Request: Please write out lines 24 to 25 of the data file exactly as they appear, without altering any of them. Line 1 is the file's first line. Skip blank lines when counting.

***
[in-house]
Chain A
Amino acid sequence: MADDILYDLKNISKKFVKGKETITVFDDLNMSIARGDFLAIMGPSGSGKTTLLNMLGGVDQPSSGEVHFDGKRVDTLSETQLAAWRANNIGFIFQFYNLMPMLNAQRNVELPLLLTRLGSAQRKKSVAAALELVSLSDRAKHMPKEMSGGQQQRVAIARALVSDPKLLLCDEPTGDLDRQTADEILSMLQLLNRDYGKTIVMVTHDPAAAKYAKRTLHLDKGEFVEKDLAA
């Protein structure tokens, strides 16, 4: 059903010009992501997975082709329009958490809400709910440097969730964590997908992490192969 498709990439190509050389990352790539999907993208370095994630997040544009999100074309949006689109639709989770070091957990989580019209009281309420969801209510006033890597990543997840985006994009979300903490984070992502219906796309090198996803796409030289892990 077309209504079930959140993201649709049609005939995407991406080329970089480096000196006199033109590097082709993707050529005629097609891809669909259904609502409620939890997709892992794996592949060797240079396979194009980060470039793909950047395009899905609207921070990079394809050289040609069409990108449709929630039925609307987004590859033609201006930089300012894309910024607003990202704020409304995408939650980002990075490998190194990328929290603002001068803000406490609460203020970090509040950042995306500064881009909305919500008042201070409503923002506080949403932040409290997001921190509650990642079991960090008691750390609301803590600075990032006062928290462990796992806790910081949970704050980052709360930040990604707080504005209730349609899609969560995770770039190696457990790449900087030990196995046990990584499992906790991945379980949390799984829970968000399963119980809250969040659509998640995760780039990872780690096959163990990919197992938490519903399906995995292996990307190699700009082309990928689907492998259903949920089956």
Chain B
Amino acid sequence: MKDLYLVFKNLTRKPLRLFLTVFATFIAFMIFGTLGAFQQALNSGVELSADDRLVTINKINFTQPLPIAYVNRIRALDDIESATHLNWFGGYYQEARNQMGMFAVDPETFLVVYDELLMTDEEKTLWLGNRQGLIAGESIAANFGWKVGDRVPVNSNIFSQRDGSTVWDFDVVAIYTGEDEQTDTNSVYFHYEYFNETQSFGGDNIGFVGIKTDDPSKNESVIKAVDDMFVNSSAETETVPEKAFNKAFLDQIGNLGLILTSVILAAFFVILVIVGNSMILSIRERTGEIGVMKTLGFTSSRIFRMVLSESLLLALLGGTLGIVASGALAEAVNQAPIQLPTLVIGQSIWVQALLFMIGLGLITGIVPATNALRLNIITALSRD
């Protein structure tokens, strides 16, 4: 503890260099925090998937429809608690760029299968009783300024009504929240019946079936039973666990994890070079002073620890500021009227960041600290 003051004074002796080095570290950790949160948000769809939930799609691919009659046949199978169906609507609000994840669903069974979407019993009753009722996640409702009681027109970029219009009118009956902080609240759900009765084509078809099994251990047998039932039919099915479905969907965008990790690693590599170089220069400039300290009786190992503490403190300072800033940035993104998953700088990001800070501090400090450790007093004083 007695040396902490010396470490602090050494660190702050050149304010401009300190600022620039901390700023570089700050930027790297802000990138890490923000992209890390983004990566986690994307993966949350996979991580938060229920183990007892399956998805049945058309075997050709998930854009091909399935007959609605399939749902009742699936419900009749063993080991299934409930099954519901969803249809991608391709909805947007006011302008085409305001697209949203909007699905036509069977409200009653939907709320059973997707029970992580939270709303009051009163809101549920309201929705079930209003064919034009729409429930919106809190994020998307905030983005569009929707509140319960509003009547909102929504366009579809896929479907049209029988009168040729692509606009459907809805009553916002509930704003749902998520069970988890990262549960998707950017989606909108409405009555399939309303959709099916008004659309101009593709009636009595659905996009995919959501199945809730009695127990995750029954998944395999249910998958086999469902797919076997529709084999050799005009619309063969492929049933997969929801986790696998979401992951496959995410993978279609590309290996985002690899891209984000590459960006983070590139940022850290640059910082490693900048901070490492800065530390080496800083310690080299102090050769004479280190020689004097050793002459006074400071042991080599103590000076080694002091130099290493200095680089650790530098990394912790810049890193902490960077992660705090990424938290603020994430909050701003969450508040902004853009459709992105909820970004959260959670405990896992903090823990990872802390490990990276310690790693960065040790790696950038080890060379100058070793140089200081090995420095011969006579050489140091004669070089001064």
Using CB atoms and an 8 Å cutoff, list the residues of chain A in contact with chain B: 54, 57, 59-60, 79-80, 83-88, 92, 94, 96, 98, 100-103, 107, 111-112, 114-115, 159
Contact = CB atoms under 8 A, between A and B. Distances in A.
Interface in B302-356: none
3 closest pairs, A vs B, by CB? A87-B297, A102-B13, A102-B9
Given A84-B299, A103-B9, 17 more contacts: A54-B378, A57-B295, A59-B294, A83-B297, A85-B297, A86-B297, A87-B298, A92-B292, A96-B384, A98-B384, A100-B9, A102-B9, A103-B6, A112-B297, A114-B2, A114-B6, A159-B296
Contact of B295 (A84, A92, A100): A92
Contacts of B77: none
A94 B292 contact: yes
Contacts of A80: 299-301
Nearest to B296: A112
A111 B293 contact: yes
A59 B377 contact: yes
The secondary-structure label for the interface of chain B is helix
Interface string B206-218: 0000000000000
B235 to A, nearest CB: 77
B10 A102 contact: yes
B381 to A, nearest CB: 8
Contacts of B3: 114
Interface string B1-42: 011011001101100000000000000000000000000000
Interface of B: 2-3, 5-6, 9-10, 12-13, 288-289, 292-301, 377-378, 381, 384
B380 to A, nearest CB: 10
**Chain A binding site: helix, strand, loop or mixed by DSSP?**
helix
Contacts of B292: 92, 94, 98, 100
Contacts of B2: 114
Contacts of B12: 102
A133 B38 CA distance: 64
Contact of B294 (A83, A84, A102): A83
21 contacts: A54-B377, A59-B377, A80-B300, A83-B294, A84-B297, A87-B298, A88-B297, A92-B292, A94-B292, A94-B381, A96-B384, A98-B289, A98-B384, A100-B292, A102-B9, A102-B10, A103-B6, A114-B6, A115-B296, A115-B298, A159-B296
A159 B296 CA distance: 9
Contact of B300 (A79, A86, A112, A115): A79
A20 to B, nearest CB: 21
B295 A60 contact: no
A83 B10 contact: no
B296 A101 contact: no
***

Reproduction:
B381 to A, nearest CB: 8
Contacts of B3: 114